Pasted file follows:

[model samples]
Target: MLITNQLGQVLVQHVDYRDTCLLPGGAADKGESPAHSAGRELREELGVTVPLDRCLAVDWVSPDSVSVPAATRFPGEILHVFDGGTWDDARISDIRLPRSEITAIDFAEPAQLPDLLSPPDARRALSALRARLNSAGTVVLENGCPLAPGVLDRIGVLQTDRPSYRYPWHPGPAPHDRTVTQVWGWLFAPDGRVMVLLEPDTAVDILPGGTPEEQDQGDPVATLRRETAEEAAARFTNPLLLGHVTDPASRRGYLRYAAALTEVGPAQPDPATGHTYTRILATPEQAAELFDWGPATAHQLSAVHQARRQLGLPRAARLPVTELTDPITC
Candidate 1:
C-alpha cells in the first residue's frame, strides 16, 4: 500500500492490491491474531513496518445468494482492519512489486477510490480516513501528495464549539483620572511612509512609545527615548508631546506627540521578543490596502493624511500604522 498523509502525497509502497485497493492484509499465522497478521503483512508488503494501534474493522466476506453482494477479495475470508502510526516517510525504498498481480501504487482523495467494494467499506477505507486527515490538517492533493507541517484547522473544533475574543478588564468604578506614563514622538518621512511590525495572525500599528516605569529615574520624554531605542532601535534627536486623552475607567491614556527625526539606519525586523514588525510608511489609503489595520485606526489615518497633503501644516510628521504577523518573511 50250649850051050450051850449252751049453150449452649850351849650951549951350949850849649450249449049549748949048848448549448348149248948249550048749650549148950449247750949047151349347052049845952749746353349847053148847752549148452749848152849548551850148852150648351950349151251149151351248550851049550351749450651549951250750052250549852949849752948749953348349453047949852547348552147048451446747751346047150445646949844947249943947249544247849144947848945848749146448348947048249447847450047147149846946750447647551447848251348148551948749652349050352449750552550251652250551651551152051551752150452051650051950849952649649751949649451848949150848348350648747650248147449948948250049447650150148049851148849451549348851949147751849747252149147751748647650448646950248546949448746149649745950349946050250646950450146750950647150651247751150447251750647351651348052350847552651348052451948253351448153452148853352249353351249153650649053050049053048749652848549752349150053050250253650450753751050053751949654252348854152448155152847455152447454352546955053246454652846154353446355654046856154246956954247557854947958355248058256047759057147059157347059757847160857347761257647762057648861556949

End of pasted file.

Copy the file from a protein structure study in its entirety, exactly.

[model samples]
Target: MLITNQLGQVLVQHVDYRDTCLLPGGAADKGESPAHSAGRELREELGVTVPLDRCLAVDWVSPDSVSVPAATRFPGEILHVFDGGTWDDARISDIRLPRSEITAIDFAEPAQLPDLLSPPDARRALSALRARLNSAGTVVLENGCPLAPGVLDRIGVLQTDRPSYRYPWHPGPAPHDRTVTQVWGWLFAPDGRVMVLLEPDTAVDILPGGTPEEQDQGDPVATLRRETAEEAAARFTNPLLLGHVTDPASRRGYLRYAAALTEVGPAQPDPATGHTYTRILATPEQAAELFDWGPATAHQLSAVHQARRQLGLPRAARLPVTELTDPITC
Candidate 1:
C-alpha cells in the first residue's frame, strides 16, 4: 500500500492490491491474531513496518445468494482492519512489486477510490480516513501528495464549539483620572511612509512609545527615548508631546506627540521578543490596502493624511500604522 498523509502525497509502497485497493492484509499465522497478521503483512508488503494501534474493522466476506453482494477479495475470508502510526516517510525504498498481480501504487482523495467494494467499506477505507486527515490538517492533493507541517484547522473544533475574543478588564468604578506614563514622538518621512511590525495572525500599528516605569529615574520624554531605542532601535534627536486623552475607567491614556527625526539606519525586523514588525510608511489609503489595520485606526489615518497633503501644516510628521504577523518573511 50250649850051050450051850449252751049453150449452649850351849650951549951350949850849649450249449049549748949048848448549448348149248948249550048749650549148950449247750949047151349347052049845952749746353349847053148847752549148452749848152849548551850148852150648351950349151251149151351248550851049550351749450651549951250750052250549852949849752948749953348349453047949852547348552147048451446747751346047150445646949844947249943947249544247849144947848945848749146448348947048249447847450047147149846946750447647551447848251348148551948749652349050352449750552550251652250551651551152051551752150452051650051950849952649649751949649451848949150848348350648747650248147449948948250049447650150148049851148849451549348851949147751849747252149147751748647650448646950248546949448746149649745950349946050250646950450146750950647150651247751150447251750647351651348052350847552651348052451948253351448153452148853352249353351249153650649053050049053048749652848549752349150053050250253650450753751050053751949654252348854152448155152847455152447454352546955053246454652846154353446355654046856154246956954247557854947958355248058256047759057147059157347059757847160857347761257647762057648861556949